By Megan Bozman

What immediately springs to mind when considering both IoT and self-driving cars may be various consumer use cases. However, industrial applications are a vital component of the growing IoT. “Industry 4.0” aims to connect the Internet of Things to traditional industrial manufacturing. And factory floors are an ideal use case for self-driving vehicles. OTTO Motors, a division of Clearpath Robotics provides such vehicles which currently navigate goods through the miles of roads inside massive industrial factories.

Expansion of OTTO Motors

OTTO Motors develops self-driving vehicles for materials handling use, part of Industrial IoT
OTTO Motors develops self-driving vehicles for materials handling use, part of Industrial IoT

Clearpath Robotics recently raised $30 million in a funding round led by iNovia Capital, with participation from Caterpillar Ventures, GE Ventures, and more. “The funding will be used to grow the company’s industrial division, OTTO Motors… namely hiring people in marketing, sales, and manufacturing. The company employs more than 155 people and could reach about 250 a year from now.”

Clearpath Robotics spun out of the University of Waterloo in Ontario, Canada in 2008. “In its early days, Clearpath was focused on developing autonomous vehicles, but the industry didn’t yet exist,” explained Clearpath CEO and co-founder Matt Rendall.

In 2012 Amazon acquired Kiva Systems—a company that made automated storage and retrieval systems. Amazon subsequently didn’t renew contracts with retailers such as Staples, and instead incorporated the systems into its own fulfillment centers (video below.) “Clearpath saw an uptick in demand on the research and development side for advanced materials’ handling capabilities, mobile robots, and other unmanned vehicles.”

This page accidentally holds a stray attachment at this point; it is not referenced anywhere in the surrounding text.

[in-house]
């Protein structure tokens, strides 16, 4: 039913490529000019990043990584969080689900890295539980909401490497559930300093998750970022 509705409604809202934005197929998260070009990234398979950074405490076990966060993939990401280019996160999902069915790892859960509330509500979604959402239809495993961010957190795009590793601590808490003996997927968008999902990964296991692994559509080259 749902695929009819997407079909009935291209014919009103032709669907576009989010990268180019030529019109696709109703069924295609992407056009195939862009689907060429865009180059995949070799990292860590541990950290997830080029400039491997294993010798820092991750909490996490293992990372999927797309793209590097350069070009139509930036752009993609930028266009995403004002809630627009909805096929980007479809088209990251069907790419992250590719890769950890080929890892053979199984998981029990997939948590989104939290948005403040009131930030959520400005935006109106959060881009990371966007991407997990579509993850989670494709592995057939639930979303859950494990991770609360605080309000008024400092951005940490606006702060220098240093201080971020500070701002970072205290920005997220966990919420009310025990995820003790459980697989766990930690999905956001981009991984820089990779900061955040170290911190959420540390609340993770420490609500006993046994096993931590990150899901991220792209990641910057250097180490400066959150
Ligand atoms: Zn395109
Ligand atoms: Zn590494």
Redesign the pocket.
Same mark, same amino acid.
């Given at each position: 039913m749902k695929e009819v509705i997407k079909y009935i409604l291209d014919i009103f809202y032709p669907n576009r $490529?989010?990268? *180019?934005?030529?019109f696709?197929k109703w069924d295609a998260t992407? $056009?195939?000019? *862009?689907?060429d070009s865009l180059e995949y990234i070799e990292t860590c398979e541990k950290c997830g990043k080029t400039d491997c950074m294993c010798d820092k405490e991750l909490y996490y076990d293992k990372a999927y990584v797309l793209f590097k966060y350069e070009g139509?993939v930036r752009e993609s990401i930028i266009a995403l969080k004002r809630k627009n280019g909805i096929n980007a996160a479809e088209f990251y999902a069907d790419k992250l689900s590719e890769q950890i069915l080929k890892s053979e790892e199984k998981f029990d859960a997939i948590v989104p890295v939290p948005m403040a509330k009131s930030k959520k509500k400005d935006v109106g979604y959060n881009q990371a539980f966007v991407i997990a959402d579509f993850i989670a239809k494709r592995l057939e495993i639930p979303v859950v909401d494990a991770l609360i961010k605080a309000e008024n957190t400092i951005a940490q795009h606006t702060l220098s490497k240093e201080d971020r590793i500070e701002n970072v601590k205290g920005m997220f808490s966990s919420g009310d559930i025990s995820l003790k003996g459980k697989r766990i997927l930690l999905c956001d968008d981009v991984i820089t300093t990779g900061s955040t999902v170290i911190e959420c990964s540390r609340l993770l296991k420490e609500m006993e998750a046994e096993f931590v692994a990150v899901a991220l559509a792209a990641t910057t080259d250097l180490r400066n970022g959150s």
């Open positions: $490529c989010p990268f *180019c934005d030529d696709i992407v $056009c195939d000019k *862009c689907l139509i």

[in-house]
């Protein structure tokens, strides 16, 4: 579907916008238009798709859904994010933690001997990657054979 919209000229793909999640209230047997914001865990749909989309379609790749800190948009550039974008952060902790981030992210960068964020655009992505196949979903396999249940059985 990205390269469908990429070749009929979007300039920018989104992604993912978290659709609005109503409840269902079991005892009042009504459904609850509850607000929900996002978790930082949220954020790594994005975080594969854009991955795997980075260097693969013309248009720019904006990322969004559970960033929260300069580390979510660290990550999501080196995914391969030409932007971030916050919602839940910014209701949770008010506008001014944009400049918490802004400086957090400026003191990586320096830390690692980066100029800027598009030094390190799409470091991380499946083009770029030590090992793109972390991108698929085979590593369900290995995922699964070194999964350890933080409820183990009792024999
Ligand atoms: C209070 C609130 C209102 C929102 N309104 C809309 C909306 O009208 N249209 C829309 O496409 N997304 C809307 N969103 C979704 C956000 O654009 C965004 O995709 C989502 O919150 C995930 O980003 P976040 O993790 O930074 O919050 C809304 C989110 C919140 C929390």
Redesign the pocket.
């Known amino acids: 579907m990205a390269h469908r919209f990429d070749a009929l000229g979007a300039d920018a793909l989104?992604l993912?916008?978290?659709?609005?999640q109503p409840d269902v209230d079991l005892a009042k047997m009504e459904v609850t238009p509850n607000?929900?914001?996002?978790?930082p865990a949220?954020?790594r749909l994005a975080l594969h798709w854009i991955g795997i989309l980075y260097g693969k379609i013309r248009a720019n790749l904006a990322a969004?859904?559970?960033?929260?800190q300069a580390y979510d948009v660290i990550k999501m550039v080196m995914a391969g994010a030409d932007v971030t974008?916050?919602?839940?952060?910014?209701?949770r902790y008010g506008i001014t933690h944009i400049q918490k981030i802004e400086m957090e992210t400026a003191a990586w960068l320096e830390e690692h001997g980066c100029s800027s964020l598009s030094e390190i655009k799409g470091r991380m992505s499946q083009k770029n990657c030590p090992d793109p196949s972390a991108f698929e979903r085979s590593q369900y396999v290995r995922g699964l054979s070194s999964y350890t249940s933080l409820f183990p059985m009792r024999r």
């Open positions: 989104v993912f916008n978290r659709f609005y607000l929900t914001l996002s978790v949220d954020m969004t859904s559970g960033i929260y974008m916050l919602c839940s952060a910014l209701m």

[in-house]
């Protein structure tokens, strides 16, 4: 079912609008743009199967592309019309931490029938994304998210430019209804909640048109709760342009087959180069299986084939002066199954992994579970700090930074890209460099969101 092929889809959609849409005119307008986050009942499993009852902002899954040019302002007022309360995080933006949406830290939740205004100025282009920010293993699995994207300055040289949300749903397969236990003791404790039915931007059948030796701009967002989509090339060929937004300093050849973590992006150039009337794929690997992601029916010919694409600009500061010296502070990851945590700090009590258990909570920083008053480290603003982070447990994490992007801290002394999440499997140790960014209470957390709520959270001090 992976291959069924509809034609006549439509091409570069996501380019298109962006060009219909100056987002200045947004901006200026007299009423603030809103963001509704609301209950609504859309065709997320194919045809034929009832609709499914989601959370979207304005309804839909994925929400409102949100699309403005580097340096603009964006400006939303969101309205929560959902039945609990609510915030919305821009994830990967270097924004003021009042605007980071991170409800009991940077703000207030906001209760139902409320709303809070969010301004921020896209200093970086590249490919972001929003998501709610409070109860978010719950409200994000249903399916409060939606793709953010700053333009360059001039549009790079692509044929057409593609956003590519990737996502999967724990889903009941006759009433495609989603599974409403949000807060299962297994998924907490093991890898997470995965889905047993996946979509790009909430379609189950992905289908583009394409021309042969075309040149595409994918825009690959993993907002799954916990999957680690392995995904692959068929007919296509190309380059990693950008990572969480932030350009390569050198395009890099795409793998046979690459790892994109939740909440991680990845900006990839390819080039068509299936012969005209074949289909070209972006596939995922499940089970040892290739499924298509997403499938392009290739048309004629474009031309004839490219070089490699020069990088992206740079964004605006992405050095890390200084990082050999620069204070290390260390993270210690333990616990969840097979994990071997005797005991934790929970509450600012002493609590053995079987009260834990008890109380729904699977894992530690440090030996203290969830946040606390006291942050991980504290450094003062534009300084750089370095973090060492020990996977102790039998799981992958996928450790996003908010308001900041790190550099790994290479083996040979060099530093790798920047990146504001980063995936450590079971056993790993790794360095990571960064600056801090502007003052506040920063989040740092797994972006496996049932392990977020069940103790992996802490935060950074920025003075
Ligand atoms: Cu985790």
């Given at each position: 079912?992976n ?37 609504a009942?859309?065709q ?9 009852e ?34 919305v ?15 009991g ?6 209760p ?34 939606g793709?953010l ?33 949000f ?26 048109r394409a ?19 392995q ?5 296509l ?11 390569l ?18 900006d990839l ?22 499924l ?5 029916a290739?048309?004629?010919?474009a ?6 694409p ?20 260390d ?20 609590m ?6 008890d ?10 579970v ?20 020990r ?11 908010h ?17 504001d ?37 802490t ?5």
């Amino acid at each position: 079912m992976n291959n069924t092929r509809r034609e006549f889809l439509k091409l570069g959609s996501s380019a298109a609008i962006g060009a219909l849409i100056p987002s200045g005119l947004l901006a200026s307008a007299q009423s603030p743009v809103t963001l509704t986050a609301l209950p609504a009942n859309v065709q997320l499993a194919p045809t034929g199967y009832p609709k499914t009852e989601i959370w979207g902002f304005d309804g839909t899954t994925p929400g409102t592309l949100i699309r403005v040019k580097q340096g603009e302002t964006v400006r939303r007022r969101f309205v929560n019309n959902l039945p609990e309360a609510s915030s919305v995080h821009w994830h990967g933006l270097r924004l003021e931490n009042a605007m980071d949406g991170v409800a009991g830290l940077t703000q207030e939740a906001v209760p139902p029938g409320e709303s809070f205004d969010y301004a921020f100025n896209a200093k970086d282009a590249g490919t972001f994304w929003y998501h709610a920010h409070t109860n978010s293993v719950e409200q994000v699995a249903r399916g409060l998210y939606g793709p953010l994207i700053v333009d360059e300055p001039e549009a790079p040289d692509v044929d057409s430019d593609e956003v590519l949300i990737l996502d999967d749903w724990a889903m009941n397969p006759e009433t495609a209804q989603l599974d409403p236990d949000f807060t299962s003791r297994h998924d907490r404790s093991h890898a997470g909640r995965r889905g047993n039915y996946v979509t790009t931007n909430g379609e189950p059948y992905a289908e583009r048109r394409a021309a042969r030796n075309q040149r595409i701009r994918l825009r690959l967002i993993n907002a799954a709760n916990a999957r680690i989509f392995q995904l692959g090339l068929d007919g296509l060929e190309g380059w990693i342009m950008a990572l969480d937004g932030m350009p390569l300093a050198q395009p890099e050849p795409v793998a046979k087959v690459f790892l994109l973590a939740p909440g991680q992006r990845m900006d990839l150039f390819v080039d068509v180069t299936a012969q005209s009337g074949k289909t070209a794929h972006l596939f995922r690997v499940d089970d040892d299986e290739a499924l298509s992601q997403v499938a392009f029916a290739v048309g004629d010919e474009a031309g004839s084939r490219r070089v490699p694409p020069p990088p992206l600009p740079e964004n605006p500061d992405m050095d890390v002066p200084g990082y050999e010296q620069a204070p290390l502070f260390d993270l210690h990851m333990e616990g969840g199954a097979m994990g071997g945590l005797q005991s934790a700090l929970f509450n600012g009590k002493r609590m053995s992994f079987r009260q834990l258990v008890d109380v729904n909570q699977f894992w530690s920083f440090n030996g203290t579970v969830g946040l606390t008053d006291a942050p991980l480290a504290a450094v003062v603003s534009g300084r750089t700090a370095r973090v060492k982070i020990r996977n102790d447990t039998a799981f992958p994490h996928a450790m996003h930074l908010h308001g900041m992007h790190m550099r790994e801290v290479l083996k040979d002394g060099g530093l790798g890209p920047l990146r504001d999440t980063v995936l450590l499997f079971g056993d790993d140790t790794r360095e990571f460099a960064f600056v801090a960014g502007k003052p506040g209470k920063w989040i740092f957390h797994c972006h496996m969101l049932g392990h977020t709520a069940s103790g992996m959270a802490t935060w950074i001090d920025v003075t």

Industrial IoT: Materials Handling

According to the OTTO Motors eBook, “Innovation in an Interconnected World,” (registration required), “While many other aspects of the manufacturing process have been automated, materials handling remains a hold out, very likely due to the fact that it is a low value, non-revenue generating activity”

Benefits to Employers and Employees

Clearly, robots don’t require lunch breaks, take sick days, or fall asleep on the job. They’re more efficient and reliable, and can be cheaper in the long run. The benefits to manufacturers are clear, but workers can benefit as well. According to OSHA, there are roughly 85 forklift fatalities and 34,900 serious injuries a year. The benefits of OTTO Motors materials handling automation could include saving lives.

Software-Differentiated Hardware

“Software-differentiated hardware will disrupt every major sector over the next decade,” said Karam Nijjar, Partner at iNovia Capital, according to the recent Clearpath Robotics press release. The development of self-driving vehicles mirrors IoT usage overall. As Bosch executives affirm, the value of IoT is derived from the cooperation of sensors, software, and services.

Industrial IoT Utopia

The eBook continues to describe a manufacturing utopia where machines operate autonomously but are constantly communicating, and aware of the location and status of others. Specifically, “devices and self-driving vehicles can be interconnected to allow significant amounts of data to flow through the manufacturing process; where we are able to build an interconnected web of technology where machines ‘think,’ adapt to changing business conditions, perform complex tasks and connect to other automation systems to optimize manufacturing processes.”

Despite my use of the term “utopia,” these benefits aren’t exaggerated, but are already being realized by numerous organizations. OTTO Motors is working with about a dozen large logistics and manufacturing companies, including Caterpillar, GE, and John Deere.

Otto

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